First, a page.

According to the Derrick Bell Reader, edited by CRT proponent Richard Delgado, CRT's "founding members" are professors Delgado, Derrick Bell, Kimberle Crenshaw, Mari Matsuda, Charles Lawrence, and Patricia Williams3. Following is just a flavor of the doctrine they transmit to countless students every day. Keep in mind that these are relatively tame assertions, by CRT standards, and are all taken from assigned readings.
The late Derrick Bell, a Harvard and NYU law professor tied to President Obama, wrote that CRT "goes well beyond civil rights, integration, affirmative action, and other liberal measures". What is "beyond" those measures? Specifically, Bell calls for a "commitment to radical emancipation by the law". He describes the unifying theme of CRT: "We use a number of different voices, but all recognize that racial subordination maintains and perpetuates the American social order". Bell proudly writes that CRT is characterized by "an orientation around race that seeks to attack a legal system which disempowers people of color". What does it mean to "disempower people of color"? If an institution does not provide for explicit racial preferences and favoritism, it will be deemed to "disempower people of color." [Source American Thinker]
Kimberle Crenshaw, a UCLA law professor, provides the much-needed feminist branch of CRT, because focusing on race alone neglects the "multidimensionality of Black women's experiences". Black women are "multiply-burdened" since patriarchy is yet "another source of domination to which Black women are vulnerable". Of course, "the social experience of race creates both a primary group identity as well as a shared sense of being under collective assault". In response to the awful "collective assault" of living in America, Crenshaw has a policy recommendation at the ready: she calls for "economic or social reorganization that directly empowers and supports" her most favored group: "single Black mothers". Not just mothers, not just single mothers, but single black mothers. [Source American Thinker]
Mari Matsuda, Georgetown law professor, also insists that "part of the special harm of racist speech is that it works in concert with other racist tools to keep victim groups in an inferior position". Matsuda postulates "three identifying characteristics" of hate speech which she proposes to regulate: the "message is of racial inferiority," the fact that said message is "directed against a historically oppressed group," and the fact that said message "is persecutorial, hateful, and degrading". Just what kind of speech will be considered racist? One clue comes from Matsuda herself, who claims that "righteous indignation against diversity and reverse discrimination" is one of the "implements of racism" for upper-class whites. [Source American Thinker]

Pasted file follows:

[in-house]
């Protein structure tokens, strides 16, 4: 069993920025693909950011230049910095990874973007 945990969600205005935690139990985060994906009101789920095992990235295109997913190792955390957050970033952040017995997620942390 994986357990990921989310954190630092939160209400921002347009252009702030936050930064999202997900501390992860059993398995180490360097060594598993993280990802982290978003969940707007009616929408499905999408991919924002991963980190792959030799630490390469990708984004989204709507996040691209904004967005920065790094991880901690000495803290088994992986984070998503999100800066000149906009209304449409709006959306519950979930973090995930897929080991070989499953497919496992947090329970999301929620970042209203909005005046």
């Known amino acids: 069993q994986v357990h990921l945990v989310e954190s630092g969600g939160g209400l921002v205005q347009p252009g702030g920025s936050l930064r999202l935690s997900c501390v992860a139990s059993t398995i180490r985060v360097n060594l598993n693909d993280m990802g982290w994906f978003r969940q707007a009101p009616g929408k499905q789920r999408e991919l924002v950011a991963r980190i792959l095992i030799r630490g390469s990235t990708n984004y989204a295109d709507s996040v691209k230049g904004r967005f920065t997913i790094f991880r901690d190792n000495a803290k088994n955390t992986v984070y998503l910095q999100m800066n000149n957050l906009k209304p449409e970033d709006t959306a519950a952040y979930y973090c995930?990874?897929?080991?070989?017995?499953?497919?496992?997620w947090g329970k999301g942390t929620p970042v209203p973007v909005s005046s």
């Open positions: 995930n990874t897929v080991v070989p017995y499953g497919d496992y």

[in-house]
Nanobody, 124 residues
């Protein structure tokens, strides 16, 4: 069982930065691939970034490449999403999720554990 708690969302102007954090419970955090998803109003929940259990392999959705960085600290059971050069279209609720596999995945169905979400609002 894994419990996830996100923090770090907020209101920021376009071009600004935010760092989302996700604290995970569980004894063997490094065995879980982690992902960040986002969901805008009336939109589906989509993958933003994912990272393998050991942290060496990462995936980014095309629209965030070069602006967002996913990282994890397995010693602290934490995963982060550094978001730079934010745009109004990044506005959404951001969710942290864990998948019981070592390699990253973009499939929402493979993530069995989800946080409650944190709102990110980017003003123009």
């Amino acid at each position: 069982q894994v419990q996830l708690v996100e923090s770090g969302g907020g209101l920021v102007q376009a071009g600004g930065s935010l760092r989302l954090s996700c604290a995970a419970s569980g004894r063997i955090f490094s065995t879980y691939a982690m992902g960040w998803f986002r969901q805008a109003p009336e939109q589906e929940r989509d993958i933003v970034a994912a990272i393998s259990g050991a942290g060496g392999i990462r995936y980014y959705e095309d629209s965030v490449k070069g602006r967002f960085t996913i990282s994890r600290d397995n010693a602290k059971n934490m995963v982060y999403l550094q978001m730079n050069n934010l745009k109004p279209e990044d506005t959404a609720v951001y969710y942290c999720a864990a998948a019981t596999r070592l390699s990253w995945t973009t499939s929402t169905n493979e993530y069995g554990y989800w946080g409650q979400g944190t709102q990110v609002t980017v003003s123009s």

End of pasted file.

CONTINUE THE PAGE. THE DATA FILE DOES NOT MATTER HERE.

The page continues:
The nightmarish possibilities of hate speech codes are obvious to anyone with the slightest grasp of human nature and politics, yet such codes are seriously considered as a legal reform in universities and particularly law schools
Finally, Columbia law professor Patricia Williams offers a disturbing glimpse into the logic of CRT. Williams recounts the story of a hypothetical question that she was once asked to consider, where X and Y apply for a job with firm Z, which is all white. X and Y are equally qualified. One is black; the other is white. The questions asked: Who should get the job? Williams' answer is worth repeating at length, as a window into an ideology that is not taken as seriously as it should be: [Source American Thinker]
“The black person should get the job. If the modem white man, innocently or not, is the inheritor of another's due, then it must be returned.”
“If a thief steals so that his children may live in luxury and the law returns his ill-gotten gain to its rightful owner, the children cannot complain that they have been deprived of what they did not own. Blacks have earned a place in this society; they have earned a share of its enormous wealth, with physical labor and intellectual sacrifice, as wages and as royalties. Blacks deserve their inheritance as much as family wealth passed from parent to child over the generations is a "deserved" inheritance. It is deserved as child support and alimony.”
So whites should collectively be treated as the children of thieves, and blacks collectively deserve to have returned to them what was stolen from their black forebears by those white thieves. This is the seething, irrational ideology at the foundation of CRT.
While in law school, Barack Obama told an audience, "Open up your hearts and your minds to the words of Professor Derrick Bell." Bell is the same man who famously said, in a recorded television interview, "I live to harass white folks," and proudly advocated what he called a "radical" ideology. Even if Bell exerted no influence on Obama's thinking, which is unlikely, it should be a national scandal that critical race theory is so widely sermonized at American colleges.
The racist flames licking at the political discourse in the Trayvon Martin shooting needed no fanning, but President Barack Obama fanned them anyway when he waded in and claimed: “If I had a son, he’d look like Trayvon.”
Perhaps his racist white half was saying all blacks look alike to him. After all, his grandmother, according to Obama, “once confessed her fear of black men who passed her on the street and who on more than one occasion has uttered racial or ethnic stereotypes that made [Obama] cringe.” Or perhaps, it was just another rush to judgment, much like when he waded into the Henry Louis Gates Jr. incident and claimed police in Cambridge, Mass., “acted stupidly.”
Make no mistake. Neither Obama nor his fellow race hucksters Al Sharpton or Jesse Jackson care one wit about justice or Martin. If they did, they wouldn’t have convicted George Zimmerman without first knowing the facts. But the facts aren’t interesting unless they promote a certain narrative. We all seem to forget want John Adams said in defense of the British soldiers on trial for the Boston Massacre — “Fact are stubborn things.” They also don’t give tinkers damn about the Sixth Amendment.
Now the facts are beginning to trickle out. Far from the media’s initial portrayal of Martin as an innocent, hoodie-wearing candy snacker, Martin’s Twitter account — his handle was “NO_LIMIT_NIGGA” — reveals he was probably a promiscuous, dope-smoking thug who had been suspended from school and caught with a burglary tool and a bag of women’s jewelry, and who may have recently attacked a bus driver.